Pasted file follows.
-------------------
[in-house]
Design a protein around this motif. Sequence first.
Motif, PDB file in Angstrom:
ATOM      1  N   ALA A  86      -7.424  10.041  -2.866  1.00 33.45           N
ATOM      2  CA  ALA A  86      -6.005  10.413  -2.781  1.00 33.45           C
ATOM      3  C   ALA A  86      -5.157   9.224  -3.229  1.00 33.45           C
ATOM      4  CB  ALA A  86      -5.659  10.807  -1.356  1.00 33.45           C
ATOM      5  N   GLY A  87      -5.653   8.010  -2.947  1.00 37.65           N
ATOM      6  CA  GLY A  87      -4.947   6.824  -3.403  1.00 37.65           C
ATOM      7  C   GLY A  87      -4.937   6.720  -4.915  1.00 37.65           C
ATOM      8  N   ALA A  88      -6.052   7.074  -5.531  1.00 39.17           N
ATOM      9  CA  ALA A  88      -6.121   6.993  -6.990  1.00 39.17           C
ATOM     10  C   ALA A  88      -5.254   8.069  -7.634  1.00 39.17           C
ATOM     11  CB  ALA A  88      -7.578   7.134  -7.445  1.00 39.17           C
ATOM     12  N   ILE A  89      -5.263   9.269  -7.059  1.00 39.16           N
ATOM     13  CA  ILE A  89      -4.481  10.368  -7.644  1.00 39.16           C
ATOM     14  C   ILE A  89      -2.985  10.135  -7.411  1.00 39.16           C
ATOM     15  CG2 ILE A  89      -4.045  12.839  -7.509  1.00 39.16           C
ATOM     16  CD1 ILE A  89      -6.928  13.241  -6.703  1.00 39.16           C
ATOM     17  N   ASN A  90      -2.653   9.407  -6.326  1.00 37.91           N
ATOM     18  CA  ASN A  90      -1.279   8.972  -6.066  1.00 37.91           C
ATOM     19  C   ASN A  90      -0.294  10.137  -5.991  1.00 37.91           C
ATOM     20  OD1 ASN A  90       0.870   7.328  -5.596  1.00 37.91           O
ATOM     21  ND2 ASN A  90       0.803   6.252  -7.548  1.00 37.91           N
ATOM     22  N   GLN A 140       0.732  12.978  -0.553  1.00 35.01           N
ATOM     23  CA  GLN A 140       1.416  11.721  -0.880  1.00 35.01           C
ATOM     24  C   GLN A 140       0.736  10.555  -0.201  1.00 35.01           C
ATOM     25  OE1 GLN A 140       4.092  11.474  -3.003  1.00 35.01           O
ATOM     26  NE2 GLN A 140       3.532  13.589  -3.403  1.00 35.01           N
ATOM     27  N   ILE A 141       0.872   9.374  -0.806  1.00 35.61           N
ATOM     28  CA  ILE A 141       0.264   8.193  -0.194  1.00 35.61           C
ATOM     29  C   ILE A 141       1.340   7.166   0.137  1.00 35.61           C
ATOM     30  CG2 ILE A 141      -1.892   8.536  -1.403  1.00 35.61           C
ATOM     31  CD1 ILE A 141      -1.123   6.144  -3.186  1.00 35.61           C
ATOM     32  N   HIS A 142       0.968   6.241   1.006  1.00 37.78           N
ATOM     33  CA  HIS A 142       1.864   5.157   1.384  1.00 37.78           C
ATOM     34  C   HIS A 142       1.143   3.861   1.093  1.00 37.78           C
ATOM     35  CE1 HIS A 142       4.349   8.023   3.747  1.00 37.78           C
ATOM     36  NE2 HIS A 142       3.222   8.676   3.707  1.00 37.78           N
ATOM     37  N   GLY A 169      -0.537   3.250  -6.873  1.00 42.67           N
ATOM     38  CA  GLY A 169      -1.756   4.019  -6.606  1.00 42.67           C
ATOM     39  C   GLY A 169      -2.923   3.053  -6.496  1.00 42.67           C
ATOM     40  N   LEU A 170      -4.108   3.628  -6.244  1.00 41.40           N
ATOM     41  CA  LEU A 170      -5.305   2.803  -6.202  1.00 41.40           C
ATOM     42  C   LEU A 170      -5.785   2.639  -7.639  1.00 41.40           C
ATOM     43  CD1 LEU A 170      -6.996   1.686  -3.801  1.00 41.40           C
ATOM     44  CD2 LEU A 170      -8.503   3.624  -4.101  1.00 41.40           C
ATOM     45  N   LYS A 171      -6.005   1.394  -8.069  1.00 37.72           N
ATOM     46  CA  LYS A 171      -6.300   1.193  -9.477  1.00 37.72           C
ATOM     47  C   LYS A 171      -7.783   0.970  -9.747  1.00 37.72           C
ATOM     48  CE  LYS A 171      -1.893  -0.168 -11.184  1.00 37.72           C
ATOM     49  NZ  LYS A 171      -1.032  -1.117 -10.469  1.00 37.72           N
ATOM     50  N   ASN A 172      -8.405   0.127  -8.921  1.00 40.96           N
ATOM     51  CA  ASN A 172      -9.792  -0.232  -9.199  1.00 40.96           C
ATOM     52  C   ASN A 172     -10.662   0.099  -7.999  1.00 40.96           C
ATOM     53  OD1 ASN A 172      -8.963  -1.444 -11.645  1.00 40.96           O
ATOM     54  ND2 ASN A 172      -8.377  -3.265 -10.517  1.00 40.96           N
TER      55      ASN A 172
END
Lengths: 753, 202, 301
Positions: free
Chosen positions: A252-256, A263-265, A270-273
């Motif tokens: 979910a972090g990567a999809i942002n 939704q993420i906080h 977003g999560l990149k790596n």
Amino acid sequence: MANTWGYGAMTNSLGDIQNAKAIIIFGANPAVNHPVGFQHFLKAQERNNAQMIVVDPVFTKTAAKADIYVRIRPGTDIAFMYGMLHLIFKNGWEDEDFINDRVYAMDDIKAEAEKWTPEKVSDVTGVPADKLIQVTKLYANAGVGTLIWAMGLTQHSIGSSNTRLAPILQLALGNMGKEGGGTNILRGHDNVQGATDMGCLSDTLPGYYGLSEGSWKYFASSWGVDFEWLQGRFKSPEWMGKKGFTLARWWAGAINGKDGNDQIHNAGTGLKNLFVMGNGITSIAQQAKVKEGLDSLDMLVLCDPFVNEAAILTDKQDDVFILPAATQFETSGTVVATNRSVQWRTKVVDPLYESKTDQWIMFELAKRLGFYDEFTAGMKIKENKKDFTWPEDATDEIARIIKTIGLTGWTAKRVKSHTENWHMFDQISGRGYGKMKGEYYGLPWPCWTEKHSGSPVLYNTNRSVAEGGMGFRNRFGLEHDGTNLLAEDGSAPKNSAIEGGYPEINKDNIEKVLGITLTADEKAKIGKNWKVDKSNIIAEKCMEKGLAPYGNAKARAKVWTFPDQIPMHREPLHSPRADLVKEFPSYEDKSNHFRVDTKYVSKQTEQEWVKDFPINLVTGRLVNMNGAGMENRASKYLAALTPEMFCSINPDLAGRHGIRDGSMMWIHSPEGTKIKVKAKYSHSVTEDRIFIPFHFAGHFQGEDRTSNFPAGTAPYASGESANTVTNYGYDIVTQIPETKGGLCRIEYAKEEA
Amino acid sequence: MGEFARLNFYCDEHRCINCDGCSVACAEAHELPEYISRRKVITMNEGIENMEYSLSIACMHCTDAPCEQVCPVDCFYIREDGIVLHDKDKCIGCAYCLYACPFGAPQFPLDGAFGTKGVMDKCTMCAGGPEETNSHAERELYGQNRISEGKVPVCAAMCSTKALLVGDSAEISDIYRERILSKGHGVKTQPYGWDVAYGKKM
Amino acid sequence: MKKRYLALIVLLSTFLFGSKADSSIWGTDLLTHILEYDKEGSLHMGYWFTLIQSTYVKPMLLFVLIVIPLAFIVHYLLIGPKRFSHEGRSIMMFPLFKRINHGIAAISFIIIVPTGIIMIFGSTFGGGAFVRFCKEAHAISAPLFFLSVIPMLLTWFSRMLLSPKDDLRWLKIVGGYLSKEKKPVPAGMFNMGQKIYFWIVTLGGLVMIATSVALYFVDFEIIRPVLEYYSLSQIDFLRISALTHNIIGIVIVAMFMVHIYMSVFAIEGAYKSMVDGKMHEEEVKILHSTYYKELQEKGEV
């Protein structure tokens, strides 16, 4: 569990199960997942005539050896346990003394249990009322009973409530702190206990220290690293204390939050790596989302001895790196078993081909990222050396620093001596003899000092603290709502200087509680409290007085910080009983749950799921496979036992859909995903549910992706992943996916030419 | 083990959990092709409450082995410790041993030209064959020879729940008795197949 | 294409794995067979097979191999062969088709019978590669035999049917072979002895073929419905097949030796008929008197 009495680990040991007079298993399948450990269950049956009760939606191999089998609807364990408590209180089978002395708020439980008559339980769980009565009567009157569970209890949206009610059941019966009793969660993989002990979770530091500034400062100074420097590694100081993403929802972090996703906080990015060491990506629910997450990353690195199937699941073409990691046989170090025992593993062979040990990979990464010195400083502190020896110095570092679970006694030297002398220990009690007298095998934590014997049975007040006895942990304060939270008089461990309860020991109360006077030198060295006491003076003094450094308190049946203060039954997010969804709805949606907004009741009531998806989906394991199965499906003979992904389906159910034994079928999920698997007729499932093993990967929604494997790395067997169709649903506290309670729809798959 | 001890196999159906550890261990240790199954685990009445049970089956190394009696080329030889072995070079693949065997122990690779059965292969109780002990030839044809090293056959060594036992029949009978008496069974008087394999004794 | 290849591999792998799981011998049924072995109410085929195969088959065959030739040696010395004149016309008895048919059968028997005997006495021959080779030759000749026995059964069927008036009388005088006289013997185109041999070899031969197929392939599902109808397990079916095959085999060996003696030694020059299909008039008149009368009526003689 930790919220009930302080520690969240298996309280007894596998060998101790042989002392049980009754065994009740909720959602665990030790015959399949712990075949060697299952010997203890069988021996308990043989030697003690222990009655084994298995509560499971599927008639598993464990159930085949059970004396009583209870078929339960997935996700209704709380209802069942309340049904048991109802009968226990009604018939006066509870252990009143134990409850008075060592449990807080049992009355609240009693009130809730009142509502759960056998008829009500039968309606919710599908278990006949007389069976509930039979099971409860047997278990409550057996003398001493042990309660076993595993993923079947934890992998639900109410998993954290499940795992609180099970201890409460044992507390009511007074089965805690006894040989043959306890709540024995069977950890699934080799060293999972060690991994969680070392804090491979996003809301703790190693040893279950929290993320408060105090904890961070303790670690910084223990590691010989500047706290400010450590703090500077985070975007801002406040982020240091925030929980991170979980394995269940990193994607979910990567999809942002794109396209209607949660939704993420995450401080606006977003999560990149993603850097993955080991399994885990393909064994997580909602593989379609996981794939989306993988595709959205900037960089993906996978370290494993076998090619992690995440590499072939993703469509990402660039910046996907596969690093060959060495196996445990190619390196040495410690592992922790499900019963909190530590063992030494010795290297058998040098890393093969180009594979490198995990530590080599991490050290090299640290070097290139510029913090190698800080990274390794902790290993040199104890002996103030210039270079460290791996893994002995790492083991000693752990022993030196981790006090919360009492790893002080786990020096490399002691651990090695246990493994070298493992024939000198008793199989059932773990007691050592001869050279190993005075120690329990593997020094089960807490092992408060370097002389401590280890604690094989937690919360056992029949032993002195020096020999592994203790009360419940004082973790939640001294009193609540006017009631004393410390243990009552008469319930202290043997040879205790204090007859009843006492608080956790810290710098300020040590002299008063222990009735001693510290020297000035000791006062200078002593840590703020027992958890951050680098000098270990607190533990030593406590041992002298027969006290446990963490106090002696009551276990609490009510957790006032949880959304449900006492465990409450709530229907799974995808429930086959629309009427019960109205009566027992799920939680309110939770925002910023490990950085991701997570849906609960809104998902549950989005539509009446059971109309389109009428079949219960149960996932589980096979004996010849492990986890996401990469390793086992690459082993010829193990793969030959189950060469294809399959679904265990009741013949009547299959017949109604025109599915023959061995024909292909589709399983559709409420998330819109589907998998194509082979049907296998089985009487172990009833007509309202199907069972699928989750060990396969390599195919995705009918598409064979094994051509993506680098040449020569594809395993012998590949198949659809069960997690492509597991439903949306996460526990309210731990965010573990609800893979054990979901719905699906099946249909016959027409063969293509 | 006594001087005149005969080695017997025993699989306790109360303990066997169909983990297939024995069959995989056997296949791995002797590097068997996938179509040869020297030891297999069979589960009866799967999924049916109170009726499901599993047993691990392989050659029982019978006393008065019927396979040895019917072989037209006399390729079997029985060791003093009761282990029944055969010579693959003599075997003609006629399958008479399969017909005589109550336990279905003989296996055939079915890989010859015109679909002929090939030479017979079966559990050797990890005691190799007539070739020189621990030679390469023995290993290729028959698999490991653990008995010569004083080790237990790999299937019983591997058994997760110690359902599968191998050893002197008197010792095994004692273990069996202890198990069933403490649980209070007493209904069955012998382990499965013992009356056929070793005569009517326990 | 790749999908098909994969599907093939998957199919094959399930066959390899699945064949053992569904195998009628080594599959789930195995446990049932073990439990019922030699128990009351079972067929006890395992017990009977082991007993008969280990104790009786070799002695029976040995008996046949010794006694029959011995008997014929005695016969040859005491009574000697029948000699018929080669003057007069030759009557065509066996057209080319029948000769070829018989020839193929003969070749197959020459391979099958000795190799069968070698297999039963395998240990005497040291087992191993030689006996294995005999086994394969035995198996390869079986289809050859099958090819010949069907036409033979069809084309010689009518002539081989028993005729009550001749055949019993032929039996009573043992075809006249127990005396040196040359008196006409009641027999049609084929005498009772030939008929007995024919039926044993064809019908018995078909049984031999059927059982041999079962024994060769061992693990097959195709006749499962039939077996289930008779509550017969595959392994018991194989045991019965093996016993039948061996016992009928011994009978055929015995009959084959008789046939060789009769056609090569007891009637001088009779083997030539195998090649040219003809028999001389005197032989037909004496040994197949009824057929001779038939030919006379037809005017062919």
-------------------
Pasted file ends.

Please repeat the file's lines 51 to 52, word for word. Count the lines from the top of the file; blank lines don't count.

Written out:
ATOM     48  CE  LYS A 171      -1.893  -0.168 -11.184  1.00 37.72           C
ATOM     49  NZ  LYS A 171      -1.032  -1.117 -10.469  1.00 37.72           N